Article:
• 52%

    Relationships

    Serve and work with others. Workers usually get along well with each other, do things to help other people, and are rarely pressured to do things that go against their sense of right and wrong.

  • 48%

    Recognition

    Advancement and the potential to lead. Workers are recognised for the work that they do, they may give directions and instructions to others, and they are looked up to in their company and their community.


Demands

The physical and social demands that workers face most often are shown below:
  • 99%

    Exposure to contaminants

    Be exposed to pollutants, gases, dust or odours.

  • 98%

    Indoors, heat controlled

    Work indoors with access to heating or cooling.

  • 97%

    Time pressure

    Work to strict deadlines.

  • 97%

    Using your hands to handle, control, or feel

    Spend time using your hands to handle, control, or feel objects, tools or controls.

  • 96%

    Being exact or accurate

    Be very exact or highly accurate.

  • 94%

    Wear common protective or safety equipment

    Wear equipment like safety shoes, glasses, gloves, hard hats or life jackets.

  • 91%

    Face-to-face discussions

    Talk with people face-to-face.

  • 88%

    Spend time sitting

    Spend time sitting at work.

  • 84%

    Freedom to make decisions

    Have freedom to make decision on your own.

  • 81%

    Making repetitive motions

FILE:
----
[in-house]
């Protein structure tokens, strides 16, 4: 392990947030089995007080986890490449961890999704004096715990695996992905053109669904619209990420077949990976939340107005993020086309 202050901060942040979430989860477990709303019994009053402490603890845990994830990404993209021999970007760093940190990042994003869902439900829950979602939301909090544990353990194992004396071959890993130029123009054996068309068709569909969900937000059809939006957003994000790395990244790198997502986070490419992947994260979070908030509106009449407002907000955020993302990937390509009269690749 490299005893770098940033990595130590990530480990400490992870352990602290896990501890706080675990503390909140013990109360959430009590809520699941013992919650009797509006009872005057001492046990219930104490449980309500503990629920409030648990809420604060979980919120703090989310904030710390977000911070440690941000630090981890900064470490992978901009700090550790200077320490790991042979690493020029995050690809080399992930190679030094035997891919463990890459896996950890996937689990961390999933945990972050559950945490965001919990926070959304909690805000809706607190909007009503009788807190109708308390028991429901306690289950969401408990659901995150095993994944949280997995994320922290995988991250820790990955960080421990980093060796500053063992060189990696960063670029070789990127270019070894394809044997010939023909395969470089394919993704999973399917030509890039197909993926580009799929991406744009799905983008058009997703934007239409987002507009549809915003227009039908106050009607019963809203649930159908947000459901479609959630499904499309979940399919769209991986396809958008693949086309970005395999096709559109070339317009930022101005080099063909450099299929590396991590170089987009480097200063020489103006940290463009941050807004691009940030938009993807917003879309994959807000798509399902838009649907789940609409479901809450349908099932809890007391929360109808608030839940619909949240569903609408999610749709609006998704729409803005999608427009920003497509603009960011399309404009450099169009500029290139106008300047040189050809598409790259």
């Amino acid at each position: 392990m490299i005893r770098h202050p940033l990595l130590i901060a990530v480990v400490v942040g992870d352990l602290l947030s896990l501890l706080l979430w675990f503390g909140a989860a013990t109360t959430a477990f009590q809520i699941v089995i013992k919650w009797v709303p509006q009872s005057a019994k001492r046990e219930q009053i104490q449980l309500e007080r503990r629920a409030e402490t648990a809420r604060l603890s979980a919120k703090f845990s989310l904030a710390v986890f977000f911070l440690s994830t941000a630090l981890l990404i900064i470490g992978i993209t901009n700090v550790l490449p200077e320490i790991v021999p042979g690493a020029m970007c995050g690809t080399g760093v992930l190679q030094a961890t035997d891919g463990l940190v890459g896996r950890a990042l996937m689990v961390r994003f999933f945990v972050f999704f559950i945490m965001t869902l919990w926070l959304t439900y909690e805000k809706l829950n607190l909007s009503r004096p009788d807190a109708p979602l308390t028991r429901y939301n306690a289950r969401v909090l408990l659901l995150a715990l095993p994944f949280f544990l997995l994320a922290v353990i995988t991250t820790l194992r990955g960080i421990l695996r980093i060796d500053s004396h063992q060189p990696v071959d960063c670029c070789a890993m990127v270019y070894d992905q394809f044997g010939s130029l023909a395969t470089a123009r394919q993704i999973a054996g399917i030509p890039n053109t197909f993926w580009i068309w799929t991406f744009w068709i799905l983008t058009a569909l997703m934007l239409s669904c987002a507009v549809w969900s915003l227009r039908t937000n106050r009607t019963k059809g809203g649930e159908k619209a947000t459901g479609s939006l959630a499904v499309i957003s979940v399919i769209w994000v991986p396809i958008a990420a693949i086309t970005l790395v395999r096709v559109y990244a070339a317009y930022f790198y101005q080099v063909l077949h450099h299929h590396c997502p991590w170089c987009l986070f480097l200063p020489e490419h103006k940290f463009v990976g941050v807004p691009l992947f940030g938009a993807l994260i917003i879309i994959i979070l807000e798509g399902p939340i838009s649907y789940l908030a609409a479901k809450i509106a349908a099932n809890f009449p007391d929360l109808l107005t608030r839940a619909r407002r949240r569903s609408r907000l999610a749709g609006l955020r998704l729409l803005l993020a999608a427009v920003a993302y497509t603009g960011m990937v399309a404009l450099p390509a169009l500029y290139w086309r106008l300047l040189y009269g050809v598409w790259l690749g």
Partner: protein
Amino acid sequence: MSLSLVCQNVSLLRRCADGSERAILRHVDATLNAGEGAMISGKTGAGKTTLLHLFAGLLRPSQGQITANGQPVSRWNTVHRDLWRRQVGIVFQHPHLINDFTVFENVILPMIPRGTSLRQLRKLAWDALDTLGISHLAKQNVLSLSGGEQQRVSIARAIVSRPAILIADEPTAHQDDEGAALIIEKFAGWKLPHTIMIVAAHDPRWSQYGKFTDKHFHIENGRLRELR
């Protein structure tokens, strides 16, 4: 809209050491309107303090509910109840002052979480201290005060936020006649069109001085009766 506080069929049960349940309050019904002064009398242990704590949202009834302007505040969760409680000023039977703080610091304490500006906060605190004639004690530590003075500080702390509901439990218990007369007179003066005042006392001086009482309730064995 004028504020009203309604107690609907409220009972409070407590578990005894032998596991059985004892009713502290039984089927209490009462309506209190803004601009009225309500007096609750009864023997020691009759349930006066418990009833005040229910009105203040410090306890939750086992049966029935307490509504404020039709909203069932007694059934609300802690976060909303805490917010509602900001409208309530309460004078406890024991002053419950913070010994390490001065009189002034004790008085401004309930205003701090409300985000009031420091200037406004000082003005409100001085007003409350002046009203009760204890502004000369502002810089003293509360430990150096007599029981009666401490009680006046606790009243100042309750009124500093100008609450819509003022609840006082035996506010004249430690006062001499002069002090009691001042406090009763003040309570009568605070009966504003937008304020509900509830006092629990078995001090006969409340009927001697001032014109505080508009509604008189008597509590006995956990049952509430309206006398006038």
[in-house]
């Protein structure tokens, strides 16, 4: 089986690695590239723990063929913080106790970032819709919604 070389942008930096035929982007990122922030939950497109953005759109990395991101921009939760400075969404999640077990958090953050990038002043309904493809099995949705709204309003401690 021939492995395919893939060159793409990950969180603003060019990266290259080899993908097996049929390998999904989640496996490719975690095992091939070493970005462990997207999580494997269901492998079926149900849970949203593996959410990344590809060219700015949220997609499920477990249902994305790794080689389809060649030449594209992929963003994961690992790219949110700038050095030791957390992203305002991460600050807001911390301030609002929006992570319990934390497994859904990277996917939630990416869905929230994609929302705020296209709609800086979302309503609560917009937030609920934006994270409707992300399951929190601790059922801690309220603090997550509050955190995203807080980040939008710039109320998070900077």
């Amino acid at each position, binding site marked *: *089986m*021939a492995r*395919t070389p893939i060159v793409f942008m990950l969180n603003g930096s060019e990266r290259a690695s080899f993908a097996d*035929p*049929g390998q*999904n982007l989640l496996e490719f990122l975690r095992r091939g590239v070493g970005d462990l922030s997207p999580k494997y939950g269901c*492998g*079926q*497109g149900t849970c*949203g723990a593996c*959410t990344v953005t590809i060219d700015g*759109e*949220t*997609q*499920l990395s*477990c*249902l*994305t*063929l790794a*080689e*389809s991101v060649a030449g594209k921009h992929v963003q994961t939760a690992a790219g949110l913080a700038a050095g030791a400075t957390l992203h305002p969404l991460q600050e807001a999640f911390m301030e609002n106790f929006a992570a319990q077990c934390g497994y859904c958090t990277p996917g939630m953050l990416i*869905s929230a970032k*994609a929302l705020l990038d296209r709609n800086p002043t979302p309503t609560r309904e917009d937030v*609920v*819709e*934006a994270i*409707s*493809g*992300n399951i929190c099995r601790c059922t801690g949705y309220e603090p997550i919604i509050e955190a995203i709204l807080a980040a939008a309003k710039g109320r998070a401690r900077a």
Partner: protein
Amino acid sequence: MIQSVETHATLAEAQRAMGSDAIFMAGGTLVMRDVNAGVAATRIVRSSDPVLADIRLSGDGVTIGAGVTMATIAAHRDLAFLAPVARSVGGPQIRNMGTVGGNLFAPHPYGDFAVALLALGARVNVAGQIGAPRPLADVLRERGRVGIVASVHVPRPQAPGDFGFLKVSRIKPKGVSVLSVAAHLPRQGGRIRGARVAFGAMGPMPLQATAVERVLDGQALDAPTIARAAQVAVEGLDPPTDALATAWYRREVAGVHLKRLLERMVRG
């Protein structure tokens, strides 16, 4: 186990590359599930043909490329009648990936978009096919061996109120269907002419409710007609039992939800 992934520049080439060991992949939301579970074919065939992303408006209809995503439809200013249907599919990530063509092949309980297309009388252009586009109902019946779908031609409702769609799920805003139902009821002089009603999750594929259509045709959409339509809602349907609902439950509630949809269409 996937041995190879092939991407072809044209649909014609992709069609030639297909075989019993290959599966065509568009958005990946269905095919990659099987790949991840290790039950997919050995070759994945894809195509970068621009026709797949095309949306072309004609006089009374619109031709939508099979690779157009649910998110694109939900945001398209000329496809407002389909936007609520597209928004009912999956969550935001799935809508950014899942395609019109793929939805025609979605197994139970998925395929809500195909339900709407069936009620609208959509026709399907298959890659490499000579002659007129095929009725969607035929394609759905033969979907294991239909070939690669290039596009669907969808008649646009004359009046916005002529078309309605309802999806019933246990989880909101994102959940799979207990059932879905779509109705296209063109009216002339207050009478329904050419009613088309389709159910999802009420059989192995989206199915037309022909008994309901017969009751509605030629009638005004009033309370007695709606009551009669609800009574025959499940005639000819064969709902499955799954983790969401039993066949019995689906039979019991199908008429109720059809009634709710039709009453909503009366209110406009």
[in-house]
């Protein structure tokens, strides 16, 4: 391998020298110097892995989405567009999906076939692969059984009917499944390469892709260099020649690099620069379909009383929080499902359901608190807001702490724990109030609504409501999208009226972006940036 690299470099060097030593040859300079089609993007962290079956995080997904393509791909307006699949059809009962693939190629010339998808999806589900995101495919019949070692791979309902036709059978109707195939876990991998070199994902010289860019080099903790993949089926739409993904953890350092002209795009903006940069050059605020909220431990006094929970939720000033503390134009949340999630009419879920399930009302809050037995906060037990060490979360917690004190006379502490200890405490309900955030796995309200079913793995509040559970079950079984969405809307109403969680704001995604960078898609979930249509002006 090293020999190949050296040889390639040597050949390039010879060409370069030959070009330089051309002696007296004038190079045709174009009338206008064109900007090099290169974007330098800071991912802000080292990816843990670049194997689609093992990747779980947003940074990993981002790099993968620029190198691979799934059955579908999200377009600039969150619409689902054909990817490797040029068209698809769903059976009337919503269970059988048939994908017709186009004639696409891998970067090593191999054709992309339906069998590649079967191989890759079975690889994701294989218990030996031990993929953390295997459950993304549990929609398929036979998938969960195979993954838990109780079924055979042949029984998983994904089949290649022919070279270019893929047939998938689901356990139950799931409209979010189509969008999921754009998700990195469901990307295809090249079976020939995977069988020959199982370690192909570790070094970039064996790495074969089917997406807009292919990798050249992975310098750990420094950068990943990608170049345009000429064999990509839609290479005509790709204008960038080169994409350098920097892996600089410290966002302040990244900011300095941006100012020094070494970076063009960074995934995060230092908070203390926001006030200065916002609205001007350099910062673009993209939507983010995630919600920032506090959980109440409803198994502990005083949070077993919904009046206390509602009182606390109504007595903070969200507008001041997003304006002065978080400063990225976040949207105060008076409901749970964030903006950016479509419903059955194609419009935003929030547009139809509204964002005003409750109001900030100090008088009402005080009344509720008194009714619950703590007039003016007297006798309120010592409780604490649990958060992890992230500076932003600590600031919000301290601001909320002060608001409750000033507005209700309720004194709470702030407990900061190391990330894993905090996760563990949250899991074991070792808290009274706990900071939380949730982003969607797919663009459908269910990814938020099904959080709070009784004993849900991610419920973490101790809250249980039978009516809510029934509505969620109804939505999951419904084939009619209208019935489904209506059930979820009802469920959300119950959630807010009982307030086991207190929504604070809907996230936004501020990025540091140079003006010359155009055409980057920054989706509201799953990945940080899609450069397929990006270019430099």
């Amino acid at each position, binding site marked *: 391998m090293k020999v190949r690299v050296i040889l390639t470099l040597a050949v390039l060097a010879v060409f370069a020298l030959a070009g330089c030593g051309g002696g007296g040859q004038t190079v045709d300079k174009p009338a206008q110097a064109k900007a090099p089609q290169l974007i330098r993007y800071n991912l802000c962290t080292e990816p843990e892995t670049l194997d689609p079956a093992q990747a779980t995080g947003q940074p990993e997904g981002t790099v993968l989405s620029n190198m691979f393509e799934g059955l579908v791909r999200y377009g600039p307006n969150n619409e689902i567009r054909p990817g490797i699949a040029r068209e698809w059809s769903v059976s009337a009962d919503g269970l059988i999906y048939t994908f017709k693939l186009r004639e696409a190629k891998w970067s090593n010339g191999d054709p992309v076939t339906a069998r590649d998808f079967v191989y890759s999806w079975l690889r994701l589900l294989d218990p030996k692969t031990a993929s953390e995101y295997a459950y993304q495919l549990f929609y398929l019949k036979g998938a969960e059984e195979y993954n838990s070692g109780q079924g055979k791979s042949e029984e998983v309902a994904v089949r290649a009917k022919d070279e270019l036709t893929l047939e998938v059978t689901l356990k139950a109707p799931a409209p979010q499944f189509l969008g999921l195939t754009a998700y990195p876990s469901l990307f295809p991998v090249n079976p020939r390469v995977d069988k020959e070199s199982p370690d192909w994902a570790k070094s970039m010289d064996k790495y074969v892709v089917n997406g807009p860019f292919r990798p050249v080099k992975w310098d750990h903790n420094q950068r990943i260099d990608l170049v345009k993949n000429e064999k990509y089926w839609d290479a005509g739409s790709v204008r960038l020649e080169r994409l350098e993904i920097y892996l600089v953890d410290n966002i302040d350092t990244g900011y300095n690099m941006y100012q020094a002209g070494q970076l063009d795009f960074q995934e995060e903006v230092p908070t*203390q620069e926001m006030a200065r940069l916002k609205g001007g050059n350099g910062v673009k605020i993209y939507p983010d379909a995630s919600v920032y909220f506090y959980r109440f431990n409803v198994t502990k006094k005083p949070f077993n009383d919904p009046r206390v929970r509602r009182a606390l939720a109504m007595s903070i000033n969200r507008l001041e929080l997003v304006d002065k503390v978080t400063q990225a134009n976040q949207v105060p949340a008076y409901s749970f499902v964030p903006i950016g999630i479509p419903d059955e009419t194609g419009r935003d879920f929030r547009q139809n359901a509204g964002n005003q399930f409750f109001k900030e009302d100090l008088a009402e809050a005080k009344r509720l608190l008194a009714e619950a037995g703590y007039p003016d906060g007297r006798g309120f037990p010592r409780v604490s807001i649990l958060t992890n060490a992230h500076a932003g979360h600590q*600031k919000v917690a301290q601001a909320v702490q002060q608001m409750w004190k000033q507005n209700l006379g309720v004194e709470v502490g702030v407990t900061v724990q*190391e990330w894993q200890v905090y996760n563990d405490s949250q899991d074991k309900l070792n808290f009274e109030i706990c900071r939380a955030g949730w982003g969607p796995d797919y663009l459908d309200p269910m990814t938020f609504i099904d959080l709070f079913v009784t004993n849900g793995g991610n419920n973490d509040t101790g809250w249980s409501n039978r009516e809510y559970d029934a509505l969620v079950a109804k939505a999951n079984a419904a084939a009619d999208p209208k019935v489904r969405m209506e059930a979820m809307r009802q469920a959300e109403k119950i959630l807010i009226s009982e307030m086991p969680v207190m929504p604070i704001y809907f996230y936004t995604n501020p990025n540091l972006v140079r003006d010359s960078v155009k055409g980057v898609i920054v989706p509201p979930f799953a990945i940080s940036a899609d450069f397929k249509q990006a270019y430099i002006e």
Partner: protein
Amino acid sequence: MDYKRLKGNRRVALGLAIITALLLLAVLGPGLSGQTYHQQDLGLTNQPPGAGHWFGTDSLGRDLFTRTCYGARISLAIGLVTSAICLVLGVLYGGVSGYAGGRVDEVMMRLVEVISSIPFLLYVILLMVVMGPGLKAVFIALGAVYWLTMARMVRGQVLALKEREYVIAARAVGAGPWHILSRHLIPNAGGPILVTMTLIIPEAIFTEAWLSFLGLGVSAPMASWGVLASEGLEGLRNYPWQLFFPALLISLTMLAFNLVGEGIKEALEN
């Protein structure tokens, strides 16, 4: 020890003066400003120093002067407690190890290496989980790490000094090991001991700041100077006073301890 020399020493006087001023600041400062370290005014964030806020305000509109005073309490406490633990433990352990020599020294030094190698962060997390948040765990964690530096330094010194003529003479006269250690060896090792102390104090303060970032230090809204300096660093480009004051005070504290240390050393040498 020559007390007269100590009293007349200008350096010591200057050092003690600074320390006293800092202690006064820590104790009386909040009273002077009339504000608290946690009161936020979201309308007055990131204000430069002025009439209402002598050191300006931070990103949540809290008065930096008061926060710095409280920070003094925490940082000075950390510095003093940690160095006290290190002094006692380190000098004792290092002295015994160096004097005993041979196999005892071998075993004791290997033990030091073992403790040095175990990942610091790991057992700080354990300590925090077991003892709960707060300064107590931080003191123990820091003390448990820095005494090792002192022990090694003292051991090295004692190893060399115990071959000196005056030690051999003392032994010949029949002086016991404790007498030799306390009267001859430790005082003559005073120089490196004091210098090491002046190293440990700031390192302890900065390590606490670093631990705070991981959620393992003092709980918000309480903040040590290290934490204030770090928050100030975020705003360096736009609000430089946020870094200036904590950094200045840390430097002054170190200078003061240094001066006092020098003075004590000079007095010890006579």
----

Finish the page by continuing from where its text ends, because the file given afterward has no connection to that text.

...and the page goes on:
Spend time making repetitive motions.

  • 77%

    Disease or infection

    Be exposed to disease or infections.

  • 76%

    Unstructured work

    Have freedom to decide on tasks, priorities, and goals.

  • 74%

    Dangerous conditions

    Work near dangers like high voltage electricity, flammable material, explosives or chemicals.

  • 74%

    Dangerous equipment

    Work near dangerous equipment like saws, machinery with open moving parts, or moving traffic.

  • 74%

    Frequent decision making

    Frequently make decisions that impact other people.

  • 73%

    Minor burns, cuts, bites, or stings

    Be exposed to minor burns, cuts, bites, or stings.

  • 73%

    Teamwork

    Work with people in a group or team.

  • 72%

    Contact with people

    Have contact with people by telephone, face-to-face, or any other way.

  • 72%

    Impact of decisions

    Make decisions that have a large impact on other people.

  • 72%

    Loud or uncomfortable sounds

    Be exposed to noises and sounds that are distracting or uncomfortable.

Occupational Information Network
O*NET is a trademark of the U.S. Department of Labor, Employment and Training Administration.
The skills and importance ratings on this page are derived from the US Department of Labor O*NET Database Version 21.2, 51-9081.00 - Dental Laboratory Technicians.